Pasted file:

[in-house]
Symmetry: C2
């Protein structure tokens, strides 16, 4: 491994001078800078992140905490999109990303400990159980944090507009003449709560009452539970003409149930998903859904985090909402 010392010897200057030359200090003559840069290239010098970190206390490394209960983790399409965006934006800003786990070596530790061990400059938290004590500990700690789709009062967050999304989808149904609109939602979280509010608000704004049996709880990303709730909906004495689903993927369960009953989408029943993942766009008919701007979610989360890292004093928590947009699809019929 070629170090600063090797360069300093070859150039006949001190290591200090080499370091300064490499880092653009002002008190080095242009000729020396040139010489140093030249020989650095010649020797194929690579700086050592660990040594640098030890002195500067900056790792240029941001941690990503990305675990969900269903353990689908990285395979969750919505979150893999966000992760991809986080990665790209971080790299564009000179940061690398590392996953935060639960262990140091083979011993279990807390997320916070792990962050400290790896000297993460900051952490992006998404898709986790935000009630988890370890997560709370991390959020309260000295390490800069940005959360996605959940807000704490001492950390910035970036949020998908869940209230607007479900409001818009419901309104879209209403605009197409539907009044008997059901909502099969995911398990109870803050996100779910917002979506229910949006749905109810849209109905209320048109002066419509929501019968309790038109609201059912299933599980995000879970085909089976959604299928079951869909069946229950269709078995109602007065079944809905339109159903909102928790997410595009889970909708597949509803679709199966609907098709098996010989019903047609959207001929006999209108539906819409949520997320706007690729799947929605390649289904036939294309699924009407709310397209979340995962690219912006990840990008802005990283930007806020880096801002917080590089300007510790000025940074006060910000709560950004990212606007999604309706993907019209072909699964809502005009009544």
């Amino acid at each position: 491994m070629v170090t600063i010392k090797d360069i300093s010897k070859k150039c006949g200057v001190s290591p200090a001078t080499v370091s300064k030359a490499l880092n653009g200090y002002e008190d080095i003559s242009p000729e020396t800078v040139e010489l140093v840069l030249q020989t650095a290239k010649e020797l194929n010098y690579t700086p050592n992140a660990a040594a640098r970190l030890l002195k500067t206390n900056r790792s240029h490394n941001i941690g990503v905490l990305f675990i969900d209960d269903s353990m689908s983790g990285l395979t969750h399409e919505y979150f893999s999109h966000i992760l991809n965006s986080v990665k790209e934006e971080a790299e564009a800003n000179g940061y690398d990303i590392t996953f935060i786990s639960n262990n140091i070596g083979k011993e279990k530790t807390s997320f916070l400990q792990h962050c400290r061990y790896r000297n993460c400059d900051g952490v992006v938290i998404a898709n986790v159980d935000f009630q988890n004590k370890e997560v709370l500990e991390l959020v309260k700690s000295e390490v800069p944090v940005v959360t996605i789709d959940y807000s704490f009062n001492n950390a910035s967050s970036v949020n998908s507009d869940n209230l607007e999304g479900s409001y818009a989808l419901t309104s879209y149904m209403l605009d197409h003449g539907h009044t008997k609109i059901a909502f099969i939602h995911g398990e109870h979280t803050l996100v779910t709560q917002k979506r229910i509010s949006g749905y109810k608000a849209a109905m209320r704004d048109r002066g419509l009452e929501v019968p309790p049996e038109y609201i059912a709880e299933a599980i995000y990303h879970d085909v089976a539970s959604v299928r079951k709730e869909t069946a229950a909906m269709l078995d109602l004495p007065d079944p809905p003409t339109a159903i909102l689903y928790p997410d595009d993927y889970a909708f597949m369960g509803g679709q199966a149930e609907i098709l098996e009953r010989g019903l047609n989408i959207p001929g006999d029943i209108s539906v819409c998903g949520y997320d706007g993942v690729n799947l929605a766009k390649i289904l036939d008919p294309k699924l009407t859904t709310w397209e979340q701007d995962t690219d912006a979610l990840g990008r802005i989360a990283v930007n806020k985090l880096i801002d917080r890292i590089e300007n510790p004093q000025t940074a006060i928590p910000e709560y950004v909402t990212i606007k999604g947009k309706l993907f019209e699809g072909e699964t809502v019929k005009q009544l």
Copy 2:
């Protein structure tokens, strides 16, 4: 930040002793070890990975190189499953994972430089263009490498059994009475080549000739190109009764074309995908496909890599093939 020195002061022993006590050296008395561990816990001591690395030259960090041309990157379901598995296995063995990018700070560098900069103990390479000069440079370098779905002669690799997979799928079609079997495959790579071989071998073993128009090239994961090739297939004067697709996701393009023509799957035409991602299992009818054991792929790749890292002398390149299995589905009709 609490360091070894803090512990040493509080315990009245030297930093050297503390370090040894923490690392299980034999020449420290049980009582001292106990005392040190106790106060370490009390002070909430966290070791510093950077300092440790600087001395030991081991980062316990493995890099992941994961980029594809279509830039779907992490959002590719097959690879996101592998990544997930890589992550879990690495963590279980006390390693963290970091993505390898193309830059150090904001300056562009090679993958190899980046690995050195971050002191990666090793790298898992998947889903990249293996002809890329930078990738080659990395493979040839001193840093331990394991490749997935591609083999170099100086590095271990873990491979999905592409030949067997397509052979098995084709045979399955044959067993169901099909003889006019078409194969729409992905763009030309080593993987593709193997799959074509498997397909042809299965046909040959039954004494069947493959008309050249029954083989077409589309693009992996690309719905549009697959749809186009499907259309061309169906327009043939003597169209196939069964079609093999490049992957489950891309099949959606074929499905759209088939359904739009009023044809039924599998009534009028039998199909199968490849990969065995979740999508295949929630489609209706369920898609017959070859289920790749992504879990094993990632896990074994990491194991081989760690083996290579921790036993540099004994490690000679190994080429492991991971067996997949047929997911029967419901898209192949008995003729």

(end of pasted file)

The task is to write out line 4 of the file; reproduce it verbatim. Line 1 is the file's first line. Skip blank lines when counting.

């Amino acid at each position: 491994m070629v170090t600063i010392k090797d360069i300093s010897k070859k150039c006949g200057v001190s290591p200090a001078t080499v370091s300064k030359a490499l880092n653009g200090y002002e008190d080095i003559s242009p000729e020396t800078v040139e010489l140093v840069l030249q020989t650095a290239k010649e020797l194929n010098y690579t700086p050592n992140a660990a040594a640098r970190l030890l002195k500067t206390n900056r790792s240029h490394n941001i941690g990503v905490l990305f675990i969900d209960d269903s353990m689908s983790g990285l395979t969750h399409e919505y979150f893999s999109h966000i992760l991809n965006s986080v990665k790209e934006e971080a790299e564009a800003n000179g940061y690398d990303i590392t996953f935060i786990s639960n262990n140091i070596g083979k011993e279990k530790t807390s997320f916070l400990q792990h962050c400290r061990y790896r000297n993460c400059d900051g952490v992006v938290i998404a898709n986790v159980d935000f009630q988890n004590k370890e997560v709370l500990e991390l959020v309260k700690s000295e390490v800069p944090v940005v959360t996605i789709d959940y807000s704490f009062n001492n950390a910035s967050s970036v949020n998908s507009d869940n209230l607007e999304g479900s409001y818009a989808l419901t309104s879209y149904m209403l605009d197409h003449g539907h009044t008997k609109i059901a909502f099969i939602h995911g398990e109870h979280t803050l996100v779910t709560q917002k979506r229910i509010s949006g749905y109810k608000a849209a109905m209320r704004d048109r002066g419509l009452e929501v019968p309790p049996e038109y609201i059912a709880e299933a599980i995000y990303h879970d085909v089976a539970s959604v299928r079951k709730e869909t069946a229950a909906m269709l078995d109602l004495p007065d079944p809905p003409t339109a159903i909102l689903y928790p997410d595009d993927y889970a909708f597949m369960g509803g679709q199966a149930e609907i098709l098996e009953r010989g019903l047609n989408i959207p001929g006999d029943i209108s539906v819409c998903g949520y997320d706007g993942v690729n799947l929605a766009k390649i289904l036939d008919p294309k699924l009407t859904t709310w397209e979340q701007d995962t690219d912006a979610l990840g990008r802005i989360a990283v930007n806020k985090l880096i801002d917080r890292i590089e300007n510790p004093q000025t940074a006060i928590p910000e709560y950004v909402t990212i606007k999604g947009k309706l993907f019209e699809g072909e699964t809502v019929k005009q009544l």